Fertiliser. To grow sufficient food, fertiliser is needed especially since natural elements have been robbed from the soil over the decades. Although there are organic fertilisers, much of the fertiliser used comes from oil-based products. They feed the plants but leave the soil in a worse state. In the past, I always used good farmyard manure from a farm where steroids and antibiotics are not a problem. I think this means we need dairy and cattle. Yes, there is the possibility of using human biowaste - but the treatment plants are unable to remove so much - the medicines, viruses, the plastics we accidentally consume etc. I believe there is a strong case for mixed farming (perhaps co-operation between growers and animal farmers), and in the value of crop rotation and in regenerative ag and hort. This can save our soils and their microbes. Mega dairy farms should be halted - they supply the cheap needs of supermarkets but is horrid for the animals and their health.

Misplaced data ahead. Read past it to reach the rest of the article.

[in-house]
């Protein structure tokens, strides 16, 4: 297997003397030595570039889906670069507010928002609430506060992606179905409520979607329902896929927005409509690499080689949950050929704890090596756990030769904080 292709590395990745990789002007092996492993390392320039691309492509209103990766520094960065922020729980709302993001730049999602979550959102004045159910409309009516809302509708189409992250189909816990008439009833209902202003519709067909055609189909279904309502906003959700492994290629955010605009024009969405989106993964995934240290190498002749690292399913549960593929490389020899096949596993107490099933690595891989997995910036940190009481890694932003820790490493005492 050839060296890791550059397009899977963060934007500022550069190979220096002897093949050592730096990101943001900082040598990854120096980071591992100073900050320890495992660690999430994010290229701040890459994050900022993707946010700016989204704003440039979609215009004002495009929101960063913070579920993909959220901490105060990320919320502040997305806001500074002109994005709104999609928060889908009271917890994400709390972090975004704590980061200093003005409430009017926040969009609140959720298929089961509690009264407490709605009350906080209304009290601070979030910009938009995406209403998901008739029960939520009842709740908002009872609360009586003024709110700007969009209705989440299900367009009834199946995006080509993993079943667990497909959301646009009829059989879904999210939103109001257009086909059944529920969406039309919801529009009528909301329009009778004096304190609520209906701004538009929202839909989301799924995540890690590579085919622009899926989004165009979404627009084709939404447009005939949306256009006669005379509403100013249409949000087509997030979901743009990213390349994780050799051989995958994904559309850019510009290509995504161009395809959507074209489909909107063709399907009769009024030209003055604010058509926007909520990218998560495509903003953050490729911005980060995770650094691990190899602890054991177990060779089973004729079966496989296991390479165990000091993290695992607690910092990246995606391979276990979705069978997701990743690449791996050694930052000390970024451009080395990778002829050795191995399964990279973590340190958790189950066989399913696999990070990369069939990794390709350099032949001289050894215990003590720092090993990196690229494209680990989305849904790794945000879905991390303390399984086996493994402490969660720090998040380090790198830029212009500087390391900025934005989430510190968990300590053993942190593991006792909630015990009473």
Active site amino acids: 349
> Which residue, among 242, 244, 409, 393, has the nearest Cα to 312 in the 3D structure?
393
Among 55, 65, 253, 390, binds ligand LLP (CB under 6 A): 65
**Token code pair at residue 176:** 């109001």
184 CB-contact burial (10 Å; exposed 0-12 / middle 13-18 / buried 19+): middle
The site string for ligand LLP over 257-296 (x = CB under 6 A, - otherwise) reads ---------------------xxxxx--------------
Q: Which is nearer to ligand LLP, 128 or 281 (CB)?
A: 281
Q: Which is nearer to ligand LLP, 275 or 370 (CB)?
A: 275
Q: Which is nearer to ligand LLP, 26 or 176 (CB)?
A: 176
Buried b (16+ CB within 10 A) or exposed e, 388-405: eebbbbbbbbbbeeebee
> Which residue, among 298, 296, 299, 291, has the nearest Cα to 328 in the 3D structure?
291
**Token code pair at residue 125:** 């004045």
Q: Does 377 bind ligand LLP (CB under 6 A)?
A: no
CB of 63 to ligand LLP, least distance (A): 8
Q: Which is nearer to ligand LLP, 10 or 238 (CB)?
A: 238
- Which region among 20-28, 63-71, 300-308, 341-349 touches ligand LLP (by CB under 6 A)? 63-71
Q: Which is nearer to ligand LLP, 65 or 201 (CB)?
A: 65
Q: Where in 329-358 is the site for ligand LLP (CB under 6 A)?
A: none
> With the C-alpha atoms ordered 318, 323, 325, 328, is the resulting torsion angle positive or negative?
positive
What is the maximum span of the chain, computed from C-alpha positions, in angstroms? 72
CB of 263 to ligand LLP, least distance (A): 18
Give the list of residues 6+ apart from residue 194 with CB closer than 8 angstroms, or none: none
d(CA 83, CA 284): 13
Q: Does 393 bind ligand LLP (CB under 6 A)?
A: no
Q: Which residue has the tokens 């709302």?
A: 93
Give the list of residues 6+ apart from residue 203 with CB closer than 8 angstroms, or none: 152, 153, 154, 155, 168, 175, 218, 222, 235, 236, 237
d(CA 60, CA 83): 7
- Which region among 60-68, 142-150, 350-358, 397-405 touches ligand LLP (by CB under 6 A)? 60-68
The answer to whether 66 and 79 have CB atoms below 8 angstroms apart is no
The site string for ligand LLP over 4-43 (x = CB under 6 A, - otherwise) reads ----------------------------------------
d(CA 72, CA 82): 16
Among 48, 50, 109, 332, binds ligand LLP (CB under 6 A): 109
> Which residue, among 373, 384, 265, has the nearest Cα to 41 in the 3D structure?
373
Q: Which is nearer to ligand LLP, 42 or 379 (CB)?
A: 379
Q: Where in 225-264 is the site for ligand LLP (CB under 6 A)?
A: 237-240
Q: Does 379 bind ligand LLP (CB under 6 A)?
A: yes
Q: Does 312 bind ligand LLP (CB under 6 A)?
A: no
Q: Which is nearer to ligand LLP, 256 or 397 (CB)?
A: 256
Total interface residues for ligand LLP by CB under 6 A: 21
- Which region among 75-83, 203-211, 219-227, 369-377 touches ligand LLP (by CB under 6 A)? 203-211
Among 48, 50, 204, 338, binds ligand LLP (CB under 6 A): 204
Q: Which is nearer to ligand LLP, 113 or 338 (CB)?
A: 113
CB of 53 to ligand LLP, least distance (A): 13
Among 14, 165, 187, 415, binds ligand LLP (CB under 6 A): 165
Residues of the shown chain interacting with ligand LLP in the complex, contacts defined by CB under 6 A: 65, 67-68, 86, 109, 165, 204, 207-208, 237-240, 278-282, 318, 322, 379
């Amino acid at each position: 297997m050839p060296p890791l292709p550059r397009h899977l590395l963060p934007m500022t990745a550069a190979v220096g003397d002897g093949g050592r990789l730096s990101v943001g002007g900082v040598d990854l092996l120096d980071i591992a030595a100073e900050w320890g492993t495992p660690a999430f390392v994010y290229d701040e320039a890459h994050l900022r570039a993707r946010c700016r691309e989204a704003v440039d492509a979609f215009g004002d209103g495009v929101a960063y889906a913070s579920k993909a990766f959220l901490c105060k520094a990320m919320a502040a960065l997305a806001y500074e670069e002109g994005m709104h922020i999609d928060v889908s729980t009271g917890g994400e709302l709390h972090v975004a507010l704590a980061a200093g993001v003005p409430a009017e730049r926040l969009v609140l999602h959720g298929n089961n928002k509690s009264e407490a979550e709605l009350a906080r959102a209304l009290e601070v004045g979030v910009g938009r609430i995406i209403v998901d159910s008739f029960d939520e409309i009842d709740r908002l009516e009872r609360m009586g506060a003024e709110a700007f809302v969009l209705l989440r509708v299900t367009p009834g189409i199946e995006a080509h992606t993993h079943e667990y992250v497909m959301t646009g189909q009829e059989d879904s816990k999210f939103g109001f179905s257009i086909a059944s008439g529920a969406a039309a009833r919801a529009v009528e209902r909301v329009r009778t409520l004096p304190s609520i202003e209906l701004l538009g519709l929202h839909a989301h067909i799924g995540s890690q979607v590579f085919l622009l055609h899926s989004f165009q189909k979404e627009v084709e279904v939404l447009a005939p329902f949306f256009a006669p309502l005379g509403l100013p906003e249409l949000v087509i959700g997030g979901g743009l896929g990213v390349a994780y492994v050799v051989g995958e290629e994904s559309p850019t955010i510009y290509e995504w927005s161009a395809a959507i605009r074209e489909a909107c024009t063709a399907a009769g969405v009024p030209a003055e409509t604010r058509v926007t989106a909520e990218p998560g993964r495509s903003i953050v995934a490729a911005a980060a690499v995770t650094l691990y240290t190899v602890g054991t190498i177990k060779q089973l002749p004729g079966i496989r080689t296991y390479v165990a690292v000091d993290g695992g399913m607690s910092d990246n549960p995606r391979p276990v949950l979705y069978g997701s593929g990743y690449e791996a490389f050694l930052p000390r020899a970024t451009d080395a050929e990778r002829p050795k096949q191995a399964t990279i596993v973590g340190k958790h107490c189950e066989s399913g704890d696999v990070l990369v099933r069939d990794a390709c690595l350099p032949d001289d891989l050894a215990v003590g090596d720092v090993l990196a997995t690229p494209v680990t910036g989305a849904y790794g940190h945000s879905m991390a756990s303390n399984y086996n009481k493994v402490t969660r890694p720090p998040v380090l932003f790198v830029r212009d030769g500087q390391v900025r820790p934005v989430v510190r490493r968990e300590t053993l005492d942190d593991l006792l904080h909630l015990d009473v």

Above all, the public needs education. They might moan about food coming in plastic containers but won't act over it. They understand food miles but ignore them. They say there is no time to shop at different shops locally or to cook from scratch - yet spend hours/day in front of the TV. 

Food production on the edge of towns and cities is good. Lea Valley was there for London and the home counties but supermarket distribution points can be in another part of the country. And, as towns and cities grow, the land is needed for housing and its price increases. The tomato nursery I worked on in the 1970s is a housing estate now.